Responsive Iframes with One Great CSS Trick

Nowadays, more and more people use their phones to navigate the web. It is therefore even more important now for websites to be responsive. Most websites use YouTube videos, Google maps or other external website elements embedded in them. These functions are most commonly incorporated in a web page using the html iframe element and is one of the trickiest thing to make responsive.

I have struggled for a long time to get my YouTube videos to keep their ratio on different screen sizes. When testing my website on a smartphone, I would spend hours trying to figure out why my videos did not do what I expected… Until I finally discovered a great CSS trick that I can apply to all my iframes. Play with the size of the screen to see the responsive iframe at work. I can’t wait to share this trick with you in the following article.

Responsive Iframes

For the purpose of demonstration, this article will use a YouTube embed for our iframe. First, go on YouTube, click on ‘share’ under the video and then ‘embed’. You should now have the following code to copy into your html.

<iframe width="560" height="315" src="https://www.youtube.com/embed/dQw4w9WgXcQ" frameborder="0" gesture="media" allow="encrypted-media" allowfullscreen></iframe>

Next, we need to remove width=”560″ height=”315″ because these are here to set the size of the iframe. Since we are going to be setting the size ourselves, this is unnecessary for our purposes.

Using CSS

Afterwards, we need to wrap the iframe in another html element like a <div>, this is very important as this element will be sizing your iframe. Then add a CSS class to your new wrapping element and one class to your iframe as seen below.

<div class="resp-container">
    <iframe class="resp-iframe" src="https://www.youtube.com/embed/dQw4w9WgXcQ" gesture="media"  allow="encrypted-media" allowfullscreen></iframe>
</div>

Define your wrapper class with the following style:

.resp-container {
    position: relative;
    overflow: hidden;
    padding-top: 56.25%;
}
  • position: relative The position of both the wrapper and the iframe is very important here. We are setting it to a position: relative so that we can later position our iframe in relation to the wrapping element. This is because in CSS, position: absolute positions the element based on the closest non static parent element.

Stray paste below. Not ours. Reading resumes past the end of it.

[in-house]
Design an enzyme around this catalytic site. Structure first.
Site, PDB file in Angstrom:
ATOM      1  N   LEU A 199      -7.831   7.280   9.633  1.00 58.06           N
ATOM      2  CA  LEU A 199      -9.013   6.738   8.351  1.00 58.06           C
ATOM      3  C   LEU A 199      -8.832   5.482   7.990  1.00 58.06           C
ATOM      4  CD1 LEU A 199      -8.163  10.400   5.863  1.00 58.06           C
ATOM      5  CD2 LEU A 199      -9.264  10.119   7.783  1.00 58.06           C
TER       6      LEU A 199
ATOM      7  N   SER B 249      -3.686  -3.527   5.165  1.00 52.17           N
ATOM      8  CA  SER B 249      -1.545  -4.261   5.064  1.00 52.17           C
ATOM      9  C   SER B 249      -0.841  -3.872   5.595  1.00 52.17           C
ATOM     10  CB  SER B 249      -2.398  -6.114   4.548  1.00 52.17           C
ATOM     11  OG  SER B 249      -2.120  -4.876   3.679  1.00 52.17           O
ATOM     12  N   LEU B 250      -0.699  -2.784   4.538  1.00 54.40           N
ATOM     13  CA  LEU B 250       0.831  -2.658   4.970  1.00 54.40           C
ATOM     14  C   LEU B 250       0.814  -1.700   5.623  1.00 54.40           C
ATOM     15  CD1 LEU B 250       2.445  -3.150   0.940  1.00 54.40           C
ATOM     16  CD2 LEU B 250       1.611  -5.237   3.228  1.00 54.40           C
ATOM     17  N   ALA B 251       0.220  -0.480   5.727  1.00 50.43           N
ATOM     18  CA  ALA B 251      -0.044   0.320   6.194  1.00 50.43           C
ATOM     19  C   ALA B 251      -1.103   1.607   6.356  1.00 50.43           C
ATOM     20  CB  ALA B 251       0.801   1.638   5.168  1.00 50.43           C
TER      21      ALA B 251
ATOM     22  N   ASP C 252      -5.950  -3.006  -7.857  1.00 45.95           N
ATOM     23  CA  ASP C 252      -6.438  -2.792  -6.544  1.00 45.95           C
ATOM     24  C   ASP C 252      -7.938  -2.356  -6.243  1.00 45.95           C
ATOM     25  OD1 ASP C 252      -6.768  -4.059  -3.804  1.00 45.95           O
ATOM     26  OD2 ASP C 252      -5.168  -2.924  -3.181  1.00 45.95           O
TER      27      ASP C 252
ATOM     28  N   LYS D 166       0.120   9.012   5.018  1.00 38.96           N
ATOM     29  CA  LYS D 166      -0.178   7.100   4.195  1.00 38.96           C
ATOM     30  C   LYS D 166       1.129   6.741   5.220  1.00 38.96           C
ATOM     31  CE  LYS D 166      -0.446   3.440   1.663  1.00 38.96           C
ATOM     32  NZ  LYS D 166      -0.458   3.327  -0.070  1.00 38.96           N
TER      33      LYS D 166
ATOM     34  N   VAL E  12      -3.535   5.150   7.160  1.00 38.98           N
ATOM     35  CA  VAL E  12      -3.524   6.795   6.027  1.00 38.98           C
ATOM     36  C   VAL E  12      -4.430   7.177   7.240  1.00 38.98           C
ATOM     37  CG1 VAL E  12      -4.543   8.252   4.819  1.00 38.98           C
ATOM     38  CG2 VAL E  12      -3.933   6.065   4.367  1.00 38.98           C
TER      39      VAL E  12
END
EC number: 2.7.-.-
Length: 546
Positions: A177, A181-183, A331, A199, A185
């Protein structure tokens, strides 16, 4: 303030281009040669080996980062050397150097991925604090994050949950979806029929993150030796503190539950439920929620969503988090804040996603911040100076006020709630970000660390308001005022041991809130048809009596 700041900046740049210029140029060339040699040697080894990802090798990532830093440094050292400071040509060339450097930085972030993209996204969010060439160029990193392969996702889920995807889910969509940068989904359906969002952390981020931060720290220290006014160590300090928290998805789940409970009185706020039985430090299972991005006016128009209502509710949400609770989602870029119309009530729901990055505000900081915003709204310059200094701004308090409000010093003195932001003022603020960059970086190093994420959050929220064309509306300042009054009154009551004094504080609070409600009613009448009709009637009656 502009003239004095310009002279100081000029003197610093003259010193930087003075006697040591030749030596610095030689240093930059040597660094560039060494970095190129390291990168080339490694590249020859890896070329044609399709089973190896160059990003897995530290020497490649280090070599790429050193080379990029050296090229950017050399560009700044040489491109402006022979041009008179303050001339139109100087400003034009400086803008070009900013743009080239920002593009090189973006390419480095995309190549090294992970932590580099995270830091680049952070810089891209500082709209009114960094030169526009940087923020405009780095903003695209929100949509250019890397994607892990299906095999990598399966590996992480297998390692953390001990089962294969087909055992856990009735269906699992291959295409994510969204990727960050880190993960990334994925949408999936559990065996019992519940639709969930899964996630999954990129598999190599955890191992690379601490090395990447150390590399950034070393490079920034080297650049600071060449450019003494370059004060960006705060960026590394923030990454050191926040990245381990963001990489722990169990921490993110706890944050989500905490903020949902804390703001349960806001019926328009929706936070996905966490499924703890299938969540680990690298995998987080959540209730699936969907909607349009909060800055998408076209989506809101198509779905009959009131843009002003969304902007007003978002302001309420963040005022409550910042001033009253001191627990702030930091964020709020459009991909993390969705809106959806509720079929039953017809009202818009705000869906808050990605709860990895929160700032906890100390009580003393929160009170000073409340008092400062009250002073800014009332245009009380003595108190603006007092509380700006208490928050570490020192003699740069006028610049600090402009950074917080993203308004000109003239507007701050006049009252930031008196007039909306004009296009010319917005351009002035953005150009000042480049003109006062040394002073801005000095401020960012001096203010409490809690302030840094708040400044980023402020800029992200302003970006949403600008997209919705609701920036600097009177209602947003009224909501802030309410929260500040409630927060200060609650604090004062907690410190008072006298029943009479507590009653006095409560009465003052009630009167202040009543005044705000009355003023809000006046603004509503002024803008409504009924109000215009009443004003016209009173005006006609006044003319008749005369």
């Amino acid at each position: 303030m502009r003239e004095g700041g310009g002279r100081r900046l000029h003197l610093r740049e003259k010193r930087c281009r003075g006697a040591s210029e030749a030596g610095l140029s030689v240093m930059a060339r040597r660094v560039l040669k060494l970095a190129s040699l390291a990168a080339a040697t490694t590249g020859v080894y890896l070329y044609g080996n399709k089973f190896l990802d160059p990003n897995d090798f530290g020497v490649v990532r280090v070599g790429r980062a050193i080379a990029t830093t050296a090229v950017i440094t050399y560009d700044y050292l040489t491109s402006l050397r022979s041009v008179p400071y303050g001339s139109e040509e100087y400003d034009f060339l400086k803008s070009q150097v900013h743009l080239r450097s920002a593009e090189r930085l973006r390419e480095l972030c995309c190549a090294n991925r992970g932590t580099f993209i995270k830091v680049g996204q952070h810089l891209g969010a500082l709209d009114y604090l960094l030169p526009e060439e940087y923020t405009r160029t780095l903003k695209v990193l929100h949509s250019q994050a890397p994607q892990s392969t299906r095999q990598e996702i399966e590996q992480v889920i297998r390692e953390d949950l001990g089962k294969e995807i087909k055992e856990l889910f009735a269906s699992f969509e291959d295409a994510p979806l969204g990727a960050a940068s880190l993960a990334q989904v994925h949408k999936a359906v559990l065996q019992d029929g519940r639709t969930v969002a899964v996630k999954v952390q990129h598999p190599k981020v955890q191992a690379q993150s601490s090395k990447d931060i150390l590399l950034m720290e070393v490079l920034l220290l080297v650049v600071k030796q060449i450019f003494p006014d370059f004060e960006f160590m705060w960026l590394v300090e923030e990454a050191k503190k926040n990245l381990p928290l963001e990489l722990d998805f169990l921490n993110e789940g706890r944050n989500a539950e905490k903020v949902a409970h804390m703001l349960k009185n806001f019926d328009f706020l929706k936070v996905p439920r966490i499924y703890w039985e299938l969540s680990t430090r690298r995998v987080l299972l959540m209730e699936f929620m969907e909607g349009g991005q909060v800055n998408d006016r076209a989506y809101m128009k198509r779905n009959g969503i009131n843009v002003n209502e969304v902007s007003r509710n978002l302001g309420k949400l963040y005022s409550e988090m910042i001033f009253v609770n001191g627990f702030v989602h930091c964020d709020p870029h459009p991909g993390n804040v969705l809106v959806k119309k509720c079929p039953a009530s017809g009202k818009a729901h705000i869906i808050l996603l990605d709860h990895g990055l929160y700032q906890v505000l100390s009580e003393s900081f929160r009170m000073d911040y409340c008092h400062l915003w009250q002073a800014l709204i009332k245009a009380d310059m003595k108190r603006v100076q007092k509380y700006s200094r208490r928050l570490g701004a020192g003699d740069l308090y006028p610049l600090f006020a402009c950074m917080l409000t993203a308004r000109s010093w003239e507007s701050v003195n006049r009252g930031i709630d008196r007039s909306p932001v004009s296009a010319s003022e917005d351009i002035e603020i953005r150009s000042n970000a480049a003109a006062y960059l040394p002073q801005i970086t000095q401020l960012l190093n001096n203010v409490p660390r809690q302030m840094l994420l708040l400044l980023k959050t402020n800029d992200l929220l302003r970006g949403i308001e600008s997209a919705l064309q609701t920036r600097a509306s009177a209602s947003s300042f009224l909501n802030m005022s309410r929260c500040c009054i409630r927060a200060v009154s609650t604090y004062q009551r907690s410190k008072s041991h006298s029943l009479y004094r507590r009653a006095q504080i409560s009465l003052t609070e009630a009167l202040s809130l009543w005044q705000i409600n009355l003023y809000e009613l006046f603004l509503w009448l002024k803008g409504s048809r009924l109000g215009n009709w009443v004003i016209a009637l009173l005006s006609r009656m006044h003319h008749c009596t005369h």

• overflow: hidden is there to hide any elements that might be placed outside of the container.
  • padding-top: 56.25% This is where the magic is. In CSS, the padding-top property can receive a percentage, this is what keeps our iframe to the right ratio. By using percentage, it will calculate the padding to use based on the width of the element. In our example, we want to keep the ratio of 56.26% (height 9 ÷ width 16) because this is the default ratio for YouTube videos. However, other ratios can be used as well.

Define your iframe class as follows:

.resp-iframe {
    position: absolute;
    top: 0;
    left: 0;
    width: 100%;
    height: 100%;
    border: 0;
}
  • position: absolute; This will give the iframe a position relative to the wrapper and let it be positioned over the padding of the wrapper.
  • top: 0 and left: 0 are used to position the iframe at the center of the container.
  • width: 100% and height: 100% make the iframe take all of the wrapper’s space.

Demo

Once you are done, you should get an iframe that is responsive. Here I have a <video> instead because of some blog restrictions. But it works exactly the same way. You can play around with your browser size and see how responsive your iframes would be!

Using CSS Frameworks

Most projects will use some kind of CSS framework to help with keeping the styling uniform throughout the project, may it be Bootstrap or Material-UI. Some of these frameworks already have predefined classes that will do exactly the same as what is in the above trick but unfortunately not all. In each case you need to create a wrapping element and give it a certain class.